Trump adviser ties Amazon criticism to US Supreme Court case

Sean Reid
April 2, 2018

President Trump continues to take shots at Amazon, in Twitter posts on Thursday, in which he accused Amazon of paying "little or no state taxes", and of using the USPS as their "Delivery Boy".

Trump re-opened debate on two of those issues in a tweet Thursday. A report released March 26 by the left-leaning Institute on Taxation and Economic Policy said Amazon either doesn't collect and remit local sales tax or is charging a lower sales tax rate than traditional retailers in seven states: Alabama, Alaska, Idaho, Iowa, Mississippi, New Mexico, and Pennsylvania. Trump has repeatedly attacked Amazon Chief Executive Jeff Bezos, who also holds the Washington Post, a publication that is quite critical of the President's administration. The president would love to clip CEO Jeff Bezos wings. Is it causing the U.S. Postal Service to bleed money?

"Amazon doesn't collect sales taxes on goods sold by third-party affiliates, unless it is contracted to do so by those sellers", the official said. Not only is Amazon a highly innovative company, but it helps other companies be productive - especially third-party resellers. Now the company charges sales taxes in the 45 states that have them and the District of Columbia.

In other words, the changes being called for by Trump to shipping policies may actually be more damaging to Amazon than to the distressed Postal Service, which handles some 40% of the tech giant's shipping, according to a study cited by The New York Times. A 2016 report found that Amazon got at least $613 million in subsidies from local governments for its package facilities from 2005 to 2014, plus another $147 million for its data centers.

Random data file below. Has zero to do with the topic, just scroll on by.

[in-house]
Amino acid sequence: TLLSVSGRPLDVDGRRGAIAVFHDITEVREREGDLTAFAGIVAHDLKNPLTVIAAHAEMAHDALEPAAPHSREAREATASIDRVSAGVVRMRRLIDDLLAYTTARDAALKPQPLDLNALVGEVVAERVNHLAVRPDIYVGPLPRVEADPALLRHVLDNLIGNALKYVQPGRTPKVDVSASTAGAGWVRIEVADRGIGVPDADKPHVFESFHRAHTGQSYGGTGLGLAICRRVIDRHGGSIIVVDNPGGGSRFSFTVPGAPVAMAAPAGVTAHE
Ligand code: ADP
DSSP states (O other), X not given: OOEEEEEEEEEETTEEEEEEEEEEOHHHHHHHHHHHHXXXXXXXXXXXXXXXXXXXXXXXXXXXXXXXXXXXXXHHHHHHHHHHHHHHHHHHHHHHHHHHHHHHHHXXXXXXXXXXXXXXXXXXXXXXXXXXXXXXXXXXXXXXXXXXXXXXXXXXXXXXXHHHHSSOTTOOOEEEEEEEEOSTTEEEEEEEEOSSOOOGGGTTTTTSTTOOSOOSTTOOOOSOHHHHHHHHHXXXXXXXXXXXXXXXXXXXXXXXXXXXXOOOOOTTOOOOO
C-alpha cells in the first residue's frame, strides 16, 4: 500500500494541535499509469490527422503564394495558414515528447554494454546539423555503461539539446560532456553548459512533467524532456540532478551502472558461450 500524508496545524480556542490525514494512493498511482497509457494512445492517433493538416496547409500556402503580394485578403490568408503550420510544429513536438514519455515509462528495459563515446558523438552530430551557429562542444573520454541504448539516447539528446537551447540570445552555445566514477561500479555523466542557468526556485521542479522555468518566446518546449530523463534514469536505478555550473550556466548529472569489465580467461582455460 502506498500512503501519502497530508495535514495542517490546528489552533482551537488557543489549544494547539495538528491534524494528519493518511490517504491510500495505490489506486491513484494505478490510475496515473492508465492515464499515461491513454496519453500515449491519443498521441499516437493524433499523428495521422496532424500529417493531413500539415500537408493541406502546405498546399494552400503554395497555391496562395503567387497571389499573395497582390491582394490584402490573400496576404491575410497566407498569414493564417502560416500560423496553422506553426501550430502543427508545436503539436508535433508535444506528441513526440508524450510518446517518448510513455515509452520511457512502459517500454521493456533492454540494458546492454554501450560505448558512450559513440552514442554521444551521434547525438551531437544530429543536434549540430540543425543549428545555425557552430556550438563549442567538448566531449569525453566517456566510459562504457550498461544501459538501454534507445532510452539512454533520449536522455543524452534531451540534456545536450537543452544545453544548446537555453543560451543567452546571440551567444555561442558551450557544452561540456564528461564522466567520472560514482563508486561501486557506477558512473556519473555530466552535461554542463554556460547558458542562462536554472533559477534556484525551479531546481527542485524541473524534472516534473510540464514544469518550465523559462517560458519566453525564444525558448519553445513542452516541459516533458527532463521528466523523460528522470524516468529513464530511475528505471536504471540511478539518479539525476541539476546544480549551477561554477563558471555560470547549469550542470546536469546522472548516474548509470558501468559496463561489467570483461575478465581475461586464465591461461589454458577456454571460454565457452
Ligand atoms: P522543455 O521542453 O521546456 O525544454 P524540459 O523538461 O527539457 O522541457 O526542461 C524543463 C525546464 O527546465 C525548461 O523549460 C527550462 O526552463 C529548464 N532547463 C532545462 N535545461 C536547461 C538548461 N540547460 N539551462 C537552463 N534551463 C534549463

But despite Amazon's seemingly inexorable growth - including its buildup in groceries, entertainment and health care - there's very little the president or the federal government could do under current antitrust practices.

Even with those powers, Trump's ability to act has limits.

The other prong to Trump's criticism concerns the U.S. Postal Service. At one point, he referred to the paper as "Amazon Washington Post". The US president pointed out that Amazon does not pay enough taxes, hurts traders, and receives an unfair advantage at the back of the US Post Office. The Post Office lost $2.7 billion past year, but "Shipping and packages were a rare bright spot for USPS in 2017, one of two sub-categories of mail for which revenue increased, rather than declined", according to Quartz. In a letter in July to The Wall Street Journal, Corbett wrote that the Postal Service's "competitive package products, including those that we deliver for Amazon" are legally required to cover the costs incurred.

In his tweet, Trump also took aim at the company's use of the postal service is "causing tremendous loss", but that too is misleading.


To comply with federal law, the Postal Service in 2017 had to generate at least $1.6 billion in income from its "competitive nonpostal services", which includes Amazon package deliveries. Led by former Obama Administration press secretary Jay Carney, Amazon's D.C. unit previous year deployed 30 in-house lobbyists.

Though it's unclear how much of a boon, if any, Amazon has turned out to be, the postal service is better off today than it was before.

There has been talk in Washington of taxing online commerce more.

Amazon is one of the biggest companies in the world, and its financials are fair game for critics, but Trump's distortions don't add up and are worthy of Three Pinocchios.


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